A Lydia of appropriate age was born in Northington, Connecticut, to Joseph and Mary Bird Hart on August 8, 1728. Her father was a shoemaker, deacon of the church, and a town magistrate.4 Quite possibly his daughters were educated in Boston. This Lydia married Noah Gillet (1718-1790) on December 15, 1748, and their ten children were born in Farmington, Connecticut.5 No woman is known to have kept a Boston girls' school from 1724 through 1754, but circumstantial evidence suggests that these samplers may have been worked under the instruction of Susanna Hiller Condy (1686-1747) and her sister-in-law Abigail Stevens Hiller (?-1775), who advertised her school from February 1748 until May 1756.6 Four samplers dated 1765 to c. 1772 have Lydia's border and similarly worked flowers, including one by Mary Welsh, whose sister Hannah married Abigail's son Joseph (1721-1758).7 -B.R.
1 For five of the nine samplers mentioned here, another closely related example, and the best known English prototype, see Ring, Girlhood Embroidery, vol. 1, pp. 37-41, figs. 33-370 39, and the catalog for Sotheby's sale 7010 (6/97, lots 330, 331, 332).
2 This was probably the Lydia Hart who worked a borderless band sampler inscribed "Boston" and dated "February The 4 Day 1731" (collection New Hampshire Historical Society, Concord).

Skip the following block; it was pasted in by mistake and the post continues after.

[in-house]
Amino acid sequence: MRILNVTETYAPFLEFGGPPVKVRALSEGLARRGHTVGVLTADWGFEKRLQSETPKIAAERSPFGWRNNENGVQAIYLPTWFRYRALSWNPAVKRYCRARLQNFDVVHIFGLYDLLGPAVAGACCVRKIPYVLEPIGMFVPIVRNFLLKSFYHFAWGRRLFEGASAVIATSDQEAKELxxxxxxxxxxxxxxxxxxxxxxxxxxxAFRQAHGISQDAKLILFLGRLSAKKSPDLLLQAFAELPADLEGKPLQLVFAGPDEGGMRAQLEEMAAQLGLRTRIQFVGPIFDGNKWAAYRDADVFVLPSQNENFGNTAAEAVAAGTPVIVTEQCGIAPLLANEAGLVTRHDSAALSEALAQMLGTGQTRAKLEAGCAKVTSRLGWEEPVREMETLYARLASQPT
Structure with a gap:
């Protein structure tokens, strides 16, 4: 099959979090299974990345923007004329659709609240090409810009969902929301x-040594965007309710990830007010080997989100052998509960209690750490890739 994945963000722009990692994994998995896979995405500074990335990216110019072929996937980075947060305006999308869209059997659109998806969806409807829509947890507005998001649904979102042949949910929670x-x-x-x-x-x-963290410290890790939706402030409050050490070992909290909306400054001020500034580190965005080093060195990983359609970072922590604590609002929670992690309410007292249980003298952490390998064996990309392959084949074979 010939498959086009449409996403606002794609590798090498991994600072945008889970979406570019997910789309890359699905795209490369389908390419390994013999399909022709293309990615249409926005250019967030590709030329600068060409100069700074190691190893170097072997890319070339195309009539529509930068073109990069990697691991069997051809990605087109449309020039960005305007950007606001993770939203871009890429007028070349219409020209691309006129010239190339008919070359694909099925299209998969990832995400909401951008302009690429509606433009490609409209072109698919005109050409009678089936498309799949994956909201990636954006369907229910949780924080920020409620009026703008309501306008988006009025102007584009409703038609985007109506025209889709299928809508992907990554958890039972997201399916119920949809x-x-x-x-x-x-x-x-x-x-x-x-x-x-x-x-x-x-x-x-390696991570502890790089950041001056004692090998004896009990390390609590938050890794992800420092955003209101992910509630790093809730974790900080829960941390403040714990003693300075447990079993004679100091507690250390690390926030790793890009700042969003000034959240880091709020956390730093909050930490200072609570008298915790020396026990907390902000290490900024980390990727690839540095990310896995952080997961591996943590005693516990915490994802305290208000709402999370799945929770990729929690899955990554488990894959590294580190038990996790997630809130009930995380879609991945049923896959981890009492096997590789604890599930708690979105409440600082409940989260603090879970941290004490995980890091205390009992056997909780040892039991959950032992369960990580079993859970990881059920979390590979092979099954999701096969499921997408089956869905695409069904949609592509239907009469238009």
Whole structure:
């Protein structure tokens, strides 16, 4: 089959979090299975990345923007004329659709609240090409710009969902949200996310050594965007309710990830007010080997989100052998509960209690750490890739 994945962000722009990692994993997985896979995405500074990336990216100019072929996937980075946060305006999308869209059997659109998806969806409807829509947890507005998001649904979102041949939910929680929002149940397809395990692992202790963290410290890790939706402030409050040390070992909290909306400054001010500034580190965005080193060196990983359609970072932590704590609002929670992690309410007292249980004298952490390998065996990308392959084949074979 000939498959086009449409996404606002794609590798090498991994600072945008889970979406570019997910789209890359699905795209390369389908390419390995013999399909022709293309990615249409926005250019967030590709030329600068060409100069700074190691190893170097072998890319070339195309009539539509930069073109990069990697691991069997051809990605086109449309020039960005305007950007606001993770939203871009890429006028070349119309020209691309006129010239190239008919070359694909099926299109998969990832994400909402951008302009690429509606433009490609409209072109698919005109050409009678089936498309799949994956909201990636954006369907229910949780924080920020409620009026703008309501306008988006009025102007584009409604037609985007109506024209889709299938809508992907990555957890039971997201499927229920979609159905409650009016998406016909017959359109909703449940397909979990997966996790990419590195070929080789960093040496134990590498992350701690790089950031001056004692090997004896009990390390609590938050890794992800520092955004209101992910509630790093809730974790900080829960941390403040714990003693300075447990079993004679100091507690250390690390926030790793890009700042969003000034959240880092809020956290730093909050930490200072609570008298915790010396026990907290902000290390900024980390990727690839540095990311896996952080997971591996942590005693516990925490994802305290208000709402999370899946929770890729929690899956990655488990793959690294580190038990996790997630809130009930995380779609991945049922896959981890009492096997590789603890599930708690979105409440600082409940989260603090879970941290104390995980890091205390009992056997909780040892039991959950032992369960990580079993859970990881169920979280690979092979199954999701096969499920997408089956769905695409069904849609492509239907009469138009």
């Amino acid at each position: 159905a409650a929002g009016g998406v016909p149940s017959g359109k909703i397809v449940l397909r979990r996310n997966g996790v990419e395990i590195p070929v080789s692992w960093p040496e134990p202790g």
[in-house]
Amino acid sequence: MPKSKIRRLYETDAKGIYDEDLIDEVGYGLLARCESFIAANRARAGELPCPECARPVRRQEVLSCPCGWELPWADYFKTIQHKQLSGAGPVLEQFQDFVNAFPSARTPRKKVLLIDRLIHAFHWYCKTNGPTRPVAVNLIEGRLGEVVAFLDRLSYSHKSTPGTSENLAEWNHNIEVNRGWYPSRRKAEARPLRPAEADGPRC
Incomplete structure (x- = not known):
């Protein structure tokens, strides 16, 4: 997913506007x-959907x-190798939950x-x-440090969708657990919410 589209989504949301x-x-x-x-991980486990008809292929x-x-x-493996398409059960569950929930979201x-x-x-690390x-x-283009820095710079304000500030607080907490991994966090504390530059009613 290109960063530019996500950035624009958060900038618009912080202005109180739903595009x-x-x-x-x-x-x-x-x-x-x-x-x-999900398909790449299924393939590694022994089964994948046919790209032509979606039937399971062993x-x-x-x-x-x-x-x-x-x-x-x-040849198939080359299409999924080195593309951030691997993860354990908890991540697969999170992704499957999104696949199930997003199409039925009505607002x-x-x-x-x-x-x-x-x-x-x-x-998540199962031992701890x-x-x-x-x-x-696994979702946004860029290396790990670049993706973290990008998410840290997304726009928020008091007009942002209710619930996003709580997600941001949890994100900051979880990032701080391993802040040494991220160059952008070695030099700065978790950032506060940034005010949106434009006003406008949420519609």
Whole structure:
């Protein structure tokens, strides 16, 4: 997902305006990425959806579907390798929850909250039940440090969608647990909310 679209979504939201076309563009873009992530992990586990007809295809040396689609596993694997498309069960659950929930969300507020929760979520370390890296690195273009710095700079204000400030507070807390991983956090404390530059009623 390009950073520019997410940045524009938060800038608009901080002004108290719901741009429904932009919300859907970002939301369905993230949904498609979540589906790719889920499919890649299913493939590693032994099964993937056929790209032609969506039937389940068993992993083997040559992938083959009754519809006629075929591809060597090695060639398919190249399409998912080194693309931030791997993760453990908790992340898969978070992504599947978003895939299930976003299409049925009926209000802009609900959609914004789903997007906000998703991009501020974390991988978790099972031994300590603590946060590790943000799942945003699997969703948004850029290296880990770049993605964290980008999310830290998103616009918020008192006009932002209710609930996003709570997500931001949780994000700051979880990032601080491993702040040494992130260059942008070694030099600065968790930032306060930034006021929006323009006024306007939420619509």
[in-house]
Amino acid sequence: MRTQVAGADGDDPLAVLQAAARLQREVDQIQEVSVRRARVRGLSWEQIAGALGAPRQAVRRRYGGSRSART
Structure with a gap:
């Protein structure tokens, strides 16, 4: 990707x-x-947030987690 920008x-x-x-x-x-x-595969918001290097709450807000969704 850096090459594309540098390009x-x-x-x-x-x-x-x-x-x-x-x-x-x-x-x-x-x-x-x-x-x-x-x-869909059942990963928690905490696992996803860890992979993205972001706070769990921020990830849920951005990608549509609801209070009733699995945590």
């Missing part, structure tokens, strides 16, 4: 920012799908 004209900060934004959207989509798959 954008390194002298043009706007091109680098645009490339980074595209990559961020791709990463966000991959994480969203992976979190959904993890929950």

3 Alfred Andrews, Genealogical History of Deacon Stephen Hart and His Descendants, 1632-1875 (Hartford, Conn.: Case, Lockwood, and Brainard, 1875), pp. 169, 181.
4 Wilma Gillet Thomas, The Joseph Gillet/Gillett/Gillette Family of Connecticut, Ohio, and Kansas (Chicago, Ill.: Adams Press, 1970), p. 32.
5 Boston Evening-Post (Feb. 1, 1748, April 22, 1751, and April 9, 1753), and Boston Gazette (June 11, 1754, May 26, 1755, and May 24, 1756).
6 Stephen Huber and Carol Huber, The Sampler Engagement Calendar 1992 (Old Saybrook, Conn.: 1991), fig. 45, Calendar 1993, fig. 38, Elisabeth Donaghy Garren, "American Samplers and Needlework Pictures in the DAR Museum, Part I: 1739-1806," The Magazine Antiques 105, no. 2 (February 1974): 358, and Ring, Girlhood Embroidery, vol. 1, p. 53, fig. 51.
7 Helen Bowen, “The Fishing Lady and Boston Common,” Antiques 4, no. 2 (August 1923): 70-73.
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